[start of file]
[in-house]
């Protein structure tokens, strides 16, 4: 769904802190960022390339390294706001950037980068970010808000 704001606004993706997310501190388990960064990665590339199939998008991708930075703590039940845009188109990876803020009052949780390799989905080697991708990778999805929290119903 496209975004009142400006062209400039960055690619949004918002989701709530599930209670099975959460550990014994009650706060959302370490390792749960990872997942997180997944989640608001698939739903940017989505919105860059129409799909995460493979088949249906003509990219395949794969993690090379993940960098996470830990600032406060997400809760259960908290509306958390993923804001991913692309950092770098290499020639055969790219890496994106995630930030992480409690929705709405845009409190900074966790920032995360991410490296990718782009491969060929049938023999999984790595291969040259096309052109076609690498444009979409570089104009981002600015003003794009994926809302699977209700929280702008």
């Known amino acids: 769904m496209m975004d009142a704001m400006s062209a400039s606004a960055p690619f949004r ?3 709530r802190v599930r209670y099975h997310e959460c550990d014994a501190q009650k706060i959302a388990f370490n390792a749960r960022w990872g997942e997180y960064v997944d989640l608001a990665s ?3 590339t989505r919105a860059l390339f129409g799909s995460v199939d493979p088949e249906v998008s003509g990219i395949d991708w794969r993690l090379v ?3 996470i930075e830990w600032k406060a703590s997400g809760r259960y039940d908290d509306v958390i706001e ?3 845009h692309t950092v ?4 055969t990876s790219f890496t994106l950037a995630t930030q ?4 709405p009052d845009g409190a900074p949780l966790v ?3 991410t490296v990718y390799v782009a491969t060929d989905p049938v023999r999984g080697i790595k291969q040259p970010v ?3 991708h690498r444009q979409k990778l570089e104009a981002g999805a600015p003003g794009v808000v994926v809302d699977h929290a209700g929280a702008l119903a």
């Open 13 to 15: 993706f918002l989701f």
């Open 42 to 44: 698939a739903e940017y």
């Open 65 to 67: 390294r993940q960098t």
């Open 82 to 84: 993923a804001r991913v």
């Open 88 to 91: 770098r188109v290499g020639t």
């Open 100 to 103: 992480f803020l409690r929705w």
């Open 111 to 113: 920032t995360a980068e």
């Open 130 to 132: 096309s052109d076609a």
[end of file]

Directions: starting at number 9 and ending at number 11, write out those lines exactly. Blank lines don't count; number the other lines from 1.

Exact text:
């Open 100 to 103: 992480f803020l409690r929705w």
């Open 111 to 113: 920032t995360a980068e």
């Open 130 to 132: 096309s052109d076609a």